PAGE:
The virtualization of network functionality, in combination with the development of software defined networks (SDN), will greatly influence the creation of 5G networks that will enable greater dynamism in how services are managed. The result will be expanded business models and diagrams, present and future.
Issues and potential solution
The cost of the investment needed to deploy 5G is a serious problem in light of the expectations that have been awakened in society.
Telecommunications providers are searching for formulas that will lower this investment as they hope the use cases are able to monetize the technology much more tangibly than 4G and fiber optics.
A potential solution can be found in the example of a Spanish telecommunications provider that has changed the focus on the massive deployment of 5G antennas by using homes as a fundamental element of the mobile network. The vision of this telecommunications provider, which has almost six million fixed broadband customers in Spain (each with a router), is to use their routers as a platform for the mobile network. Many of the issues linked to installing antennas in street furniture are resolved by adding a small radio-electric node with a small antenna (called picocell or femtocell) to the router. If a femtocell is integrated into the router, the customer is the one who supplies the telecommunications provider with a fiber optic connection. The main drawback of this option is the cost of replacing the existing routers with new ones featuring the radio equipment for mobile phone service since they will be more expensive. An existing fiber optic router costs approximately €50, as opposed to a device with a mobile antenna could cost as much as €500, although various experts have noted that this number could be lowered to €200 through industrialized production. In any case, it is not necessary to replace all the existing routers since a possibility would be to only change the devices in those homes and establishments with good coverage along public roadways.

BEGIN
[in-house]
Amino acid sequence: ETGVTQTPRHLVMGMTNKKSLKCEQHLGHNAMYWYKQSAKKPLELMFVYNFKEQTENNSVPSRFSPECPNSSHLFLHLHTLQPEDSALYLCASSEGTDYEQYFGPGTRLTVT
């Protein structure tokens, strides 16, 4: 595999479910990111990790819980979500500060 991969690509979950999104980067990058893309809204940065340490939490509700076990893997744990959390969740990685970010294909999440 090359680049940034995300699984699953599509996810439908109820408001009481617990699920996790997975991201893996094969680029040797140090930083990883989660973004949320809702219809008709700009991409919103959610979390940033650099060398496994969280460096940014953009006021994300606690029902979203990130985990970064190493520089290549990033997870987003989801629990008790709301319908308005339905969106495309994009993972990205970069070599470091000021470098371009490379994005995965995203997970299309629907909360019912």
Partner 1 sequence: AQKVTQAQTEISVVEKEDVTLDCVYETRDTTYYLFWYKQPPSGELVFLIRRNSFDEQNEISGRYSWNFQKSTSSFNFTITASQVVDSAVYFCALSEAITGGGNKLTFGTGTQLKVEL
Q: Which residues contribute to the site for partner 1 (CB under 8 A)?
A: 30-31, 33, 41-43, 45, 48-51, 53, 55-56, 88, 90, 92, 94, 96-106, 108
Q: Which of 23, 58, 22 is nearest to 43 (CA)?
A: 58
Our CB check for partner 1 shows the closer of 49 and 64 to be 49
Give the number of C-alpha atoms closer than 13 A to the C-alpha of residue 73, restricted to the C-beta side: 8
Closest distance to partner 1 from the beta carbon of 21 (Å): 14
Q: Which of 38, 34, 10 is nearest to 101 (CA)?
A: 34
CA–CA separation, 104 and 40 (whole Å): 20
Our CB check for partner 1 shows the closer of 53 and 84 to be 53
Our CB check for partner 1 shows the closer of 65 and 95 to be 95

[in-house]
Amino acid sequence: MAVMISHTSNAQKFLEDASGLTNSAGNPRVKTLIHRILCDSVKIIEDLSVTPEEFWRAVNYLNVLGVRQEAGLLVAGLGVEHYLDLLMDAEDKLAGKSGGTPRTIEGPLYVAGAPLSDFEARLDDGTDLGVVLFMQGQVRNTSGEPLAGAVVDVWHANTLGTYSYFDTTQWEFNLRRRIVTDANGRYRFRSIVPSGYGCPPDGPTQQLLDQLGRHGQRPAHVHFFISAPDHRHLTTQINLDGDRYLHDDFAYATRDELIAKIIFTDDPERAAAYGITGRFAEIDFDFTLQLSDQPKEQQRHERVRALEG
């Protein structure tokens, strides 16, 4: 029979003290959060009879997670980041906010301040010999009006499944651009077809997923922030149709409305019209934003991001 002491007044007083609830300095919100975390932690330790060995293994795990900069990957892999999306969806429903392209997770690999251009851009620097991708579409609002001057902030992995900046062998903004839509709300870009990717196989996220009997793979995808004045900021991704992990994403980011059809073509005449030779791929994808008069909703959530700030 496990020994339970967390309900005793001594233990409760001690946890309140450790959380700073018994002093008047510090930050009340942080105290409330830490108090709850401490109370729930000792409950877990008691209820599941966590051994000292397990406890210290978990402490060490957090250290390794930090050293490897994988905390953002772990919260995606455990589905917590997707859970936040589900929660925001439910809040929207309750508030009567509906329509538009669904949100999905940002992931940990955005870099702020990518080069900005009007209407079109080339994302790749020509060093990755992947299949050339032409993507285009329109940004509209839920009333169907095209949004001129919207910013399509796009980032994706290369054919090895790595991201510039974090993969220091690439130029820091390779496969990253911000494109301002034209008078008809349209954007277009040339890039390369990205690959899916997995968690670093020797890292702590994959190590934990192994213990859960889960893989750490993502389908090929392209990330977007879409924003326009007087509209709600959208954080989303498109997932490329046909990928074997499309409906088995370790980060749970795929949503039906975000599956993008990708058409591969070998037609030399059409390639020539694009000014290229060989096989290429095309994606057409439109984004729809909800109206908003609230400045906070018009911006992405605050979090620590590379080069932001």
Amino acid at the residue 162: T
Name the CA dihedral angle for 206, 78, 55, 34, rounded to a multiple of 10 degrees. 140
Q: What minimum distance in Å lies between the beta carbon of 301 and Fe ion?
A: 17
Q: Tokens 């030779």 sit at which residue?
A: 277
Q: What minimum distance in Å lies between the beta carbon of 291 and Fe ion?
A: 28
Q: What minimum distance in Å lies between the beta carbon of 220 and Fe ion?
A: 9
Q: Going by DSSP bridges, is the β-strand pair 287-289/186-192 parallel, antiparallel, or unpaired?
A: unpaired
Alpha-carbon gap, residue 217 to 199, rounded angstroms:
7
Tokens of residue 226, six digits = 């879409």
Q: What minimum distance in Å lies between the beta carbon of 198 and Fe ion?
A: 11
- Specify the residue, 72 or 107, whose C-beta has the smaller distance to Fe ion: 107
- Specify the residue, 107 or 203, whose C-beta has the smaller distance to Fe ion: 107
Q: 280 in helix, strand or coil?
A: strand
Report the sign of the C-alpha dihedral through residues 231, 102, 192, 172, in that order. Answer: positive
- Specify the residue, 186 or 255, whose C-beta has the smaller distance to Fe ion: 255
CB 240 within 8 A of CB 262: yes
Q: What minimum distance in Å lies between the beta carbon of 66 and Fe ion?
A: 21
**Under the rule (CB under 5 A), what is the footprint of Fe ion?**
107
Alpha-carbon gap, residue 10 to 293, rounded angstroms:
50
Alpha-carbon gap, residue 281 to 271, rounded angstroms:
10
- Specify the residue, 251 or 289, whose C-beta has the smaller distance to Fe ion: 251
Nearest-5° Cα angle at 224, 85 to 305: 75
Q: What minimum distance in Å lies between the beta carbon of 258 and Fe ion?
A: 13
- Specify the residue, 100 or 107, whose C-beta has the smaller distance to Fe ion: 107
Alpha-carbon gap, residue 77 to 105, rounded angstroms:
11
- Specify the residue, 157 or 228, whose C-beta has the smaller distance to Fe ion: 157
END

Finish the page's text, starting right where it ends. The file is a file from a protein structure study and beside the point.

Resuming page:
The problem is that 5G requires a very capillary deployment that is both costly and complicated to build and maintain. Additionally, the industry is not able to charge more and it is becoming clear that 4G and fiber optics cannot be monetized as expected . The effort put into those initiatives has already spiked the CAPEX to sales ratio to an unsustainable level. To a large degree, the required investment, combined with stagnated revenue growth, stands in the way of the 5G deployment.
As far as the spectrum, the bands with commercial value and their features are listed below:
As shown in the graph, below 5 GHz there is significant bandwidth available, defined licensing frameworks (in Europe) and a standardized 3GPP with incomplete capacity for 5G.
In spectrum bands within the 20-30GHz range, the focus remains on developing equipment and trials, and it can be seen that the exact band varies by region from 245 GHz to 295 GHz. Bands above 30 GHz are not an initial priority for 3GPP standards. However, the industry has growing interest in future alternatives (e.g.: 405-435 GHz).
5G is expected to require spectrum in low-frequency bands (sub-1 GHz) as well as in high-frequency bands (20-40GHz) that are much higher than existing ones. Although these bands offer faster transmission speeds, they also pose serious issues: short coverage radius and scarce penetration capacity.
In other words, a link above 60 GHz will be effective in an open field or a street but will have a hard time making its way through a building for indoor coverage. This explains the need to use lower frequencies and for the regulator to not rule out 36, 38 or 42 GHz.
As mentioned earlier, we are in the midst of the technology race towards 5G. A few years of intense testing, spectrum auctions, agreements and global standardizations remain, although it is estimated that by 2025, there will be widespread access to the technology that will open the doors to the Internet of Things.